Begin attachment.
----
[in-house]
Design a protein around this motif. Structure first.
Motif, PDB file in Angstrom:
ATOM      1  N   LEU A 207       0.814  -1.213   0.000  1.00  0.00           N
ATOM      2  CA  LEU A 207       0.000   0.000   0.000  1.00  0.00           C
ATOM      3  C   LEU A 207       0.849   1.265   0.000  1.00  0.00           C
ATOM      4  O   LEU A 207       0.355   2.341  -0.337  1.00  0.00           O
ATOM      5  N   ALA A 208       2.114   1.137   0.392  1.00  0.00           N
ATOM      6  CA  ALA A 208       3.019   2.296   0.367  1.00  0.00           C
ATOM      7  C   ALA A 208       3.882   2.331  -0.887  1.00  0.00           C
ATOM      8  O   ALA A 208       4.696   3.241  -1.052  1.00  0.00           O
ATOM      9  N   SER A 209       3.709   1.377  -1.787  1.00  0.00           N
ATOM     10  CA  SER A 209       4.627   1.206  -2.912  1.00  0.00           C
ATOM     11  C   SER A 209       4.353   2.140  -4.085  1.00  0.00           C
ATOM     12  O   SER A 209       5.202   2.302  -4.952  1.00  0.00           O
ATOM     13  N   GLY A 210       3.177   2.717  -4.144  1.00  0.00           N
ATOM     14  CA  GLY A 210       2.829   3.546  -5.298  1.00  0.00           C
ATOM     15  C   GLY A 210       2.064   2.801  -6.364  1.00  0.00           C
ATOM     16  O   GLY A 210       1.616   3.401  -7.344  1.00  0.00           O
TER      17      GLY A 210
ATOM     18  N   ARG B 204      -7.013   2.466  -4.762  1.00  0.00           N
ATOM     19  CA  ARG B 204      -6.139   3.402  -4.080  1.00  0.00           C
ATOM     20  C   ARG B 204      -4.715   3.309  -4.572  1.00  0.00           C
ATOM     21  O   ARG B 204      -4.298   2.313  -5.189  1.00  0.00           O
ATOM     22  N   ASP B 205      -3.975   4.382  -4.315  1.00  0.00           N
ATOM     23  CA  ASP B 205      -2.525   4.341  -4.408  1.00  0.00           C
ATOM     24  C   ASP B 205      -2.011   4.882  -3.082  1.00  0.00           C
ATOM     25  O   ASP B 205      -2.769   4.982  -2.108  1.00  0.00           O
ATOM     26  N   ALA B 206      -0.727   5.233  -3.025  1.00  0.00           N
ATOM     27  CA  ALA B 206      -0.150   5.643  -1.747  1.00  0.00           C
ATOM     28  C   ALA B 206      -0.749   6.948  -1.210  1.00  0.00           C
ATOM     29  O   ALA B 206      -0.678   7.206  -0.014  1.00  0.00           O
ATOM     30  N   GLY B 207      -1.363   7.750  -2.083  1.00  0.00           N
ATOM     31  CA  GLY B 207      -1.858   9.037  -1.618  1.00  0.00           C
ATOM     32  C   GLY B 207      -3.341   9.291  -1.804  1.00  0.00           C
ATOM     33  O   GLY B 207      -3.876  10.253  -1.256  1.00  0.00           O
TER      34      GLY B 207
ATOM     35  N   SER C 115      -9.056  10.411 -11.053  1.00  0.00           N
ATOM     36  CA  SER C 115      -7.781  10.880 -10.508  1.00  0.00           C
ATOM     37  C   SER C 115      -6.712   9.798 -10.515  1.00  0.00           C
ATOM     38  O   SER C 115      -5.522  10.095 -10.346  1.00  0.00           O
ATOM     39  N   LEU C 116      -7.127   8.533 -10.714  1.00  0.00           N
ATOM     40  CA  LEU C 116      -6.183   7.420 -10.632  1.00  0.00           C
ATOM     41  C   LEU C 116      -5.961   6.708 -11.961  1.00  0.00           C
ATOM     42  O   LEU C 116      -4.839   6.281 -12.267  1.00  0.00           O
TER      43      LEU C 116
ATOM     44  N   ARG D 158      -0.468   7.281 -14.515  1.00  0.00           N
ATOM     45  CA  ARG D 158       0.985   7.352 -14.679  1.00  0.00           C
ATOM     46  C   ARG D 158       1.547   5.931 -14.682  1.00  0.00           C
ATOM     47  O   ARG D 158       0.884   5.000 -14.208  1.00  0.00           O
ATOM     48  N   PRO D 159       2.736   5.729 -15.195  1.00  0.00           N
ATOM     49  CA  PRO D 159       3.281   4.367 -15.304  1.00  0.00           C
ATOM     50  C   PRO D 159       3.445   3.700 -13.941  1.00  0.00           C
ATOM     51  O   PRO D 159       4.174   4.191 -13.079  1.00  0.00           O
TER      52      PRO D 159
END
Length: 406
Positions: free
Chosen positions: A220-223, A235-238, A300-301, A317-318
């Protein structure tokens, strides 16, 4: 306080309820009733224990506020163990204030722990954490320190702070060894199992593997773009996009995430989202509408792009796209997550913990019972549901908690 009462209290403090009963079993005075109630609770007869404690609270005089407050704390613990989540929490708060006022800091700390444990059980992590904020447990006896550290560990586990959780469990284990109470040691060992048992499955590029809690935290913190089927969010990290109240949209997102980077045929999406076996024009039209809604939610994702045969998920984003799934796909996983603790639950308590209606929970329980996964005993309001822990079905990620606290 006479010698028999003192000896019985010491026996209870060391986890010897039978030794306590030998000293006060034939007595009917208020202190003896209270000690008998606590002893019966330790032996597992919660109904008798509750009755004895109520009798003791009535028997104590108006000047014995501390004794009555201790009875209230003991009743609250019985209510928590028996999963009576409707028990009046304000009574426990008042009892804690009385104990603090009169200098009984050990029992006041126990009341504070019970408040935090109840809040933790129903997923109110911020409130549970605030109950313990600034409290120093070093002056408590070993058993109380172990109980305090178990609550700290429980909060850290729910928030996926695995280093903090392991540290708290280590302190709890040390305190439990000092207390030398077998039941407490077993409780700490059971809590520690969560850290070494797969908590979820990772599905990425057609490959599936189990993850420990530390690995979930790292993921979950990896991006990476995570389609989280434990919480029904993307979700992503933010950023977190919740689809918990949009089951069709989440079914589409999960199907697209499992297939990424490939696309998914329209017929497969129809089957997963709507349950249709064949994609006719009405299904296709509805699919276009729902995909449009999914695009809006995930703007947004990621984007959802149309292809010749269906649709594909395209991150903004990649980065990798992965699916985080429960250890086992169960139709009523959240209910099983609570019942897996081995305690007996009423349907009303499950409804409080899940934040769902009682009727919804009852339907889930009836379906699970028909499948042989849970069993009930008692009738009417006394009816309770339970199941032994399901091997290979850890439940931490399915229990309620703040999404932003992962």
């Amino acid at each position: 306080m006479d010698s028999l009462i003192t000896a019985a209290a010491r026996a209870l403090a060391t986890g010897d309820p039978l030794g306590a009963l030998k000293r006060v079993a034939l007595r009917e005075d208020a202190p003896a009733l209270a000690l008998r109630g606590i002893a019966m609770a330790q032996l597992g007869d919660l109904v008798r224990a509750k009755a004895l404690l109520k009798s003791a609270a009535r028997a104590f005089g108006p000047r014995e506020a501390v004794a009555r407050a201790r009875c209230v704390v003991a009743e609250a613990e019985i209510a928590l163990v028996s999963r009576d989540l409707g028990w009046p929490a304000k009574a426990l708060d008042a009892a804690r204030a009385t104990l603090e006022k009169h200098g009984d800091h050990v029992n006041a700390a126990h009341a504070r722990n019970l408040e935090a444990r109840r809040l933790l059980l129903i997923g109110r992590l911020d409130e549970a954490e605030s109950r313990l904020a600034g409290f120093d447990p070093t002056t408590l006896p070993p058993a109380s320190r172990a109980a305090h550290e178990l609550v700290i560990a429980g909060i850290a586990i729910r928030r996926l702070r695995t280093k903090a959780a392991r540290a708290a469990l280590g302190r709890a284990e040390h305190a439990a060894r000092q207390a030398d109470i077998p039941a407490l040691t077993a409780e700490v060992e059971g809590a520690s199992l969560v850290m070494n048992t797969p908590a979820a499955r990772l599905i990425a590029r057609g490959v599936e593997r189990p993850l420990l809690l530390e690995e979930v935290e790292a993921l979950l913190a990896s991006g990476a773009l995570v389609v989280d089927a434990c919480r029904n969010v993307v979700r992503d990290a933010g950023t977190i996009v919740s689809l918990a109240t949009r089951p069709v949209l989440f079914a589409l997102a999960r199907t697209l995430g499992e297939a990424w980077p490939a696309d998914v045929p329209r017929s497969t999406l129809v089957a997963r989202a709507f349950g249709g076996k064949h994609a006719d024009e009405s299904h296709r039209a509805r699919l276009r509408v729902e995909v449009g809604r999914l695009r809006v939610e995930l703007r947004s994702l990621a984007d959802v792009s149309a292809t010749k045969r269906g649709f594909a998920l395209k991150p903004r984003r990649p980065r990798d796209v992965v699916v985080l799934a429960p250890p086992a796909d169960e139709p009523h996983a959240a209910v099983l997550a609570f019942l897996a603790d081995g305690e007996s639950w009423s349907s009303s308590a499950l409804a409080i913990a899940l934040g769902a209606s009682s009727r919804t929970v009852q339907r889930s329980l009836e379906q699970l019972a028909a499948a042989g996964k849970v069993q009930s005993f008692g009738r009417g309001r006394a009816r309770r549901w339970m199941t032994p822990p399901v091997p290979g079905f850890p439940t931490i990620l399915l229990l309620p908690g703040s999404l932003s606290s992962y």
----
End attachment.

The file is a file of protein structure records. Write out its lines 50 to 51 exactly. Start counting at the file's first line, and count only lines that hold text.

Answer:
ATOM     47  O   ARG D 158       0.884   5.000 -14.208  1.00  0.00           O
ATOM     48  N   PRO D 159       2.736   5.729 -15.195  1.00  0.00           N